Snow White's Acne

by Denise Duhamel

Mileana Fields

About the Author

Denise Duhamel is an American poet, born in Woonsocket, Rhode Island. She received her Bachelor of Fine Arts from Emerson College and MFA from Sarah Lawrence College. Ms. Duhamel has authored many collections of poetry. She currently resides in Hollywood, FL and teaches Creative Writing and Literature at Florida International University. (Poets). Photo: (Poets)

Literal Meaning

Snow White's Acne by Denise Duhamel basically talks about how Snow is a teenager and is developing acne as any other teen girl would. Snow's dwarf friends aren't in this poem and her evil stepmother, the Queen is portrayed as nice rather than mean as she is in the Disney Classic.

Situation

The poem tells a story about how Snow's acne develops as she's an adolescent. Initially, Snow thought the red spot on her face on her face was dried strawberry juice or her mother's (the Queen) red polish. In stanza 2, the Queen and Snow have hopes that the bumps on Snow's face isn't chicken pox or measles. Moreover, in the third stanza, the basic necessities for a teen girl are mentioned, like a razor and deodorant. It concludes with the way Snow acts with the family she comes from. The speaker's tone in the poem is anxious. This is seen because there's a sense of concern for the acne on Snow's face. Photo: (Wordpress)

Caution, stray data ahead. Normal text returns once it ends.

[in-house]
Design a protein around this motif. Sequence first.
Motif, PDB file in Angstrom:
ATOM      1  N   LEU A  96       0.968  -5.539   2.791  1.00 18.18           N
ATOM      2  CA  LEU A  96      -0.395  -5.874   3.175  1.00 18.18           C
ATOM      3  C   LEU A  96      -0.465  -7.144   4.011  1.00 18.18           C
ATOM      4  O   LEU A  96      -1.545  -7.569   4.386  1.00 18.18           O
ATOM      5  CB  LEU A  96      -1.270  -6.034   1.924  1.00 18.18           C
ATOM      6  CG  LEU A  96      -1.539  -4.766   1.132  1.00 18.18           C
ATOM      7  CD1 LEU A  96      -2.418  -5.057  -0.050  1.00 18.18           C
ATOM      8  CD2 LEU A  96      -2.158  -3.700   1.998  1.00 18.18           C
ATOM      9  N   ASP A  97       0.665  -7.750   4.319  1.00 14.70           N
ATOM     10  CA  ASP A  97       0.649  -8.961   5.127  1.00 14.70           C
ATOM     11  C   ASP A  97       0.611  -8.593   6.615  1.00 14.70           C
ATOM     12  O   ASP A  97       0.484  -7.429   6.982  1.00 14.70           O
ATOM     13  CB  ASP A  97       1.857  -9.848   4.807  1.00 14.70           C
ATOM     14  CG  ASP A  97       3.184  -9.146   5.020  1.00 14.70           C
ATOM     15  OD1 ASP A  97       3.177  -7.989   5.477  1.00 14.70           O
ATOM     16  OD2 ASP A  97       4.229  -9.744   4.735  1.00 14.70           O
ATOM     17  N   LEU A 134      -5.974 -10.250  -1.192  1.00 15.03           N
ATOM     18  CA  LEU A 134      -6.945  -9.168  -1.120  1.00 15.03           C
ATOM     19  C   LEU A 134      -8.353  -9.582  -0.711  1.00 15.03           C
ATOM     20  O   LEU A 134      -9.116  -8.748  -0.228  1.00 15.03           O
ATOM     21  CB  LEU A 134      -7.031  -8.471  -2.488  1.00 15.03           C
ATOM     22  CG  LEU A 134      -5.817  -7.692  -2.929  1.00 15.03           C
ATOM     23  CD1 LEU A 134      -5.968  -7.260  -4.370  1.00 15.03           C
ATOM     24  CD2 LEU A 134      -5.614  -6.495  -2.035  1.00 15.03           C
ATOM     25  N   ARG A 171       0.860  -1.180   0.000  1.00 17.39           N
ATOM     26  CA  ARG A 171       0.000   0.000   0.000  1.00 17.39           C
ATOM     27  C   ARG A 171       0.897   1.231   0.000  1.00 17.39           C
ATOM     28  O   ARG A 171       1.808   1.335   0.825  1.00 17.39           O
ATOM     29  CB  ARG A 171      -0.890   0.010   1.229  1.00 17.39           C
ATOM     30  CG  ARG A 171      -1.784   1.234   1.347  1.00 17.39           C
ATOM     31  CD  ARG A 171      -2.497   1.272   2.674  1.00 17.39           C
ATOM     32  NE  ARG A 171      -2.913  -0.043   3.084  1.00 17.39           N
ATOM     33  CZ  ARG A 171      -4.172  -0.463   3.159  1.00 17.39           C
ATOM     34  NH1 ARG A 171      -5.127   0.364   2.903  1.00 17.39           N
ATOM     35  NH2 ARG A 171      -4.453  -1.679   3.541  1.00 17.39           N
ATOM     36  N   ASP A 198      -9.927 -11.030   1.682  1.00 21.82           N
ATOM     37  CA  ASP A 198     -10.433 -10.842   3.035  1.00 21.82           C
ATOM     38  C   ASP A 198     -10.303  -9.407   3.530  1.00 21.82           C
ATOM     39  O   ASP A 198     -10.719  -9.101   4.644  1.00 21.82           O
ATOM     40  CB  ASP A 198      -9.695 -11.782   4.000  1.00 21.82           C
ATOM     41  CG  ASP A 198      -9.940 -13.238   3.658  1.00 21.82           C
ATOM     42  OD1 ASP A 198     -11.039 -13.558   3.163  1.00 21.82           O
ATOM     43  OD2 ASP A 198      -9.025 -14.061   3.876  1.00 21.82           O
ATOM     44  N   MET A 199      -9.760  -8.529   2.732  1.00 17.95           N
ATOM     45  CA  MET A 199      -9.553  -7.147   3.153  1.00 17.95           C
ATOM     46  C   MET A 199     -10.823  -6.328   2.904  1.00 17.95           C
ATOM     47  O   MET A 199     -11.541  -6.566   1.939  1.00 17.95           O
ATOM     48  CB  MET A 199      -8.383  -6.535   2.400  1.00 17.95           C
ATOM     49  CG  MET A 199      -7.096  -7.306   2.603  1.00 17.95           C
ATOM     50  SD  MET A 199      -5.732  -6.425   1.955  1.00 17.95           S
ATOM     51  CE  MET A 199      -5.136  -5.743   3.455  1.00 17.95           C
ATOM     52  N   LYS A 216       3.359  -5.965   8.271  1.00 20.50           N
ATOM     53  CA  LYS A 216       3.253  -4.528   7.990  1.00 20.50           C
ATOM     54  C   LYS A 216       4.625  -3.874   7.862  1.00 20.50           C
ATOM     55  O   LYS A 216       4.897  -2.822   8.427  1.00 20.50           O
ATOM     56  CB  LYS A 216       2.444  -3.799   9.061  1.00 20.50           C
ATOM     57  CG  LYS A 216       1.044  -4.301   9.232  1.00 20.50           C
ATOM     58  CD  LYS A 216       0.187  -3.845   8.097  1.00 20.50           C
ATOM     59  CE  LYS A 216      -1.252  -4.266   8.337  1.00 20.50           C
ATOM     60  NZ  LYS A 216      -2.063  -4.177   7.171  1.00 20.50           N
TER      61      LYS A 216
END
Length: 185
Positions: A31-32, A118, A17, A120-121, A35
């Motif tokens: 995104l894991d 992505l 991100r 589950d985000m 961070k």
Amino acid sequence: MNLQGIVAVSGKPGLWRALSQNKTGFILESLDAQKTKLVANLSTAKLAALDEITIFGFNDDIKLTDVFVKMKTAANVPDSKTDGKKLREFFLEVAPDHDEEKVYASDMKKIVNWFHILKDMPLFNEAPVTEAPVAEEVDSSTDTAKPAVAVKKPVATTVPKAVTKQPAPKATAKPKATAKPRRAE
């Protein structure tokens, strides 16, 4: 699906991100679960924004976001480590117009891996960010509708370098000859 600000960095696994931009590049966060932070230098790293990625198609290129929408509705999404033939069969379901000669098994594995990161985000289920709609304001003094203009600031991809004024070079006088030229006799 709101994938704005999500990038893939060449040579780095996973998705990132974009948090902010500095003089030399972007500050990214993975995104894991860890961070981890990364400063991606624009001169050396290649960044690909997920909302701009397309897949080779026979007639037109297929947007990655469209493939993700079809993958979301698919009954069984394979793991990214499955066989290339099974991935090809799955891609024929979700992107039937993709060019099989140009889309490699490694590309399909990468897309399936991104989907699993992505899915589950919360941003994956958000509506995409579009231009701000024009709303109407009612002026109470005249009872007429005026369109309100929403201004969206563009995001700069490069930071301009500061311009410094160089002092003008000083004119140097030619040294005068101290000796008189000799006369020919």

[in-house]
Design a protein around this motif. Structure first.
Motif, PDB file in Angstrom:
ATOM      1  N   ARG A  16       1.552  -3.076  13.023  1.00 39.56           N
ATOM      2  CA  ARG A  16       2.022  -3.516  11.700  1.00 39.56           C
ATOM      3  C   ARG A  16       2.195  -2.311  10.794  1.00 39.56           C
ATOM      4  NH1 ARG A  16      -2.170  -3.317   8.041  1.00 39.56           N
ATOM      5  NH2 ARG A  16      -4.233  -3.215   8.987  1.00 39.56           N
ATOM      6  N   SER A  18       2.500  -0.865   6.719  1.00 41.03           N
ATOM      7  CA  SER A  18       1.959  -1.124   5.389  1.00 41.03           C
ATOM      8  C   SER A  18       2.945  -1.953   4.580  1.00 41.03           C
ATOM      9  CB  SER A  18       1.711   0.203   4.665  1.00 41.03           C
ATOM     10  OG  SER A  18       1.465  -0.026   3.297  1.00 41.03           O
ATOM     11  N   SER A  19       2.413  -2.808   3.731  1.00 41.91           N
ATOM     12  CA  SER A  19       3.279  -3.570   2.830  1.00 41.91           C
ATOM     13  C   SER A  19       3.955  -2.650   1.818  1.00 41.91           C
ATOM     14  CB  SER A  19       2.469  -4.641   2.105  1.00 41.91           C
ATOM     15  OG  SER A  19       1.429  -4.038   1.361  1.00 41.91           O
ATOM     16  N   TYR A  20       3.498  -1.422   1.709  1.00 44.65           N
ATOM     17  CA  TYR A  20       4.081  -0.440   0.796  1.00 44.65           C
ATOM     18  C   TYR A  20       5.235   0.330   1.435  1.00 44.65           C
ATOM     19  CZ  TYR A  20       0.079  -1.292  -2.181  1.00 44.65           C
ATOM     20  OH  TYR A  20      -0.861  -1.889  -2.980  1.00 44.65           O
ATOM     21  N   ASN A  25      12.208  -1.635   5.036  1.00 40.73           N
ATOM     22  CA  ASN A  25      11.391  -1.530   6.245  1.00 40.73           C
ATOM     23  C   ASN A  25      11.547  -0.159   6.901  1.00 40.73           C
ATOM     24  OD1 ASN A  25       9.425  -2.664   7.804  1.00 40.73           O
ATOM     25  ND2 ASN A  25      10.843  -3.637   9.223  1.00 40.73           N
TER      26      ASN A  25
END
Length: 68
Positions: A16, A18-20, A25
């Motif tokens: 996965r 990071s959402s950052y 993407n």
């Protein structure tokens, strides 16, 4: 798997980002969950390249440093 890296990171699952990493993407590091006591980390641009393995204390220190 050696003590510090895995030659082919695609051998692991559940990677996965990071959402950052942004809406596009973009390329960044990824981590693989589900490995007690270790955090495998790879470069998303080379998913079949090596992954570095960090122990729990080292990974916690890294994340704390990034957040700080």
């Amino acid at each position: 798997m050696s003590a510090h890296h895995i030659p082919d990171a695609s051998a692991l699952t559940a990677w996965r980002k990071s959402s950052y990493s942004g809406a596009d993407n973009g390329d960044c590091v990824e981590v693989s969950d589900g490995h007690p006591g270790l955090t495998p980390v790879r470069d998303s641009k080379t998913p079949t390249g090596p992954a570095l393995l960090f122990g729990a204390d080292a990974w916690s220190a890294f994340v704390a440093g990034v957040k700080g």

Structure

The poem is very informal. The speaker intentionally does this to tell a story. "Snow White's Acne" shifts from a voice of concern to giving reasons as to why the acne is present, such as being a rebel. Denise Duhamel uses commas to express exaggeration for the clause that follows after it. She uses periods to show the importance of the line. The title of the poem itself relates to the poem because the context of the poem is about Snow White's acne.

Musical Devices

The poem follows no rhyme scheme. The reason is because the poem is telling a story. Most stories don't rhyme but rather try to tell a series of events. Photo: (Buzz Feed)

Language

Words like hope, pin cushion, 'safe room' and invisible, show that Snow was a young, concerned teenage girl. Throughout the poem, Denise Duhamel alludes to the Disney Classic, "Snow White and the Seven Dwarfs" in lines 5 and 23. The simile, "like pins in a pin cushion" gives an image of how the pimples were appearing on Snow's face.

Works Cited

Brantz, Loryn. "If Disney Princesses Were Their Real Ages". Buzz Feed. Web. 8 March 2015.

"Denise Duhamel". Poets. n.d. Web. 8 March 2015.

Oltmann, David. "Proactiv Solution". Wordpress. Web. 8 March 2015.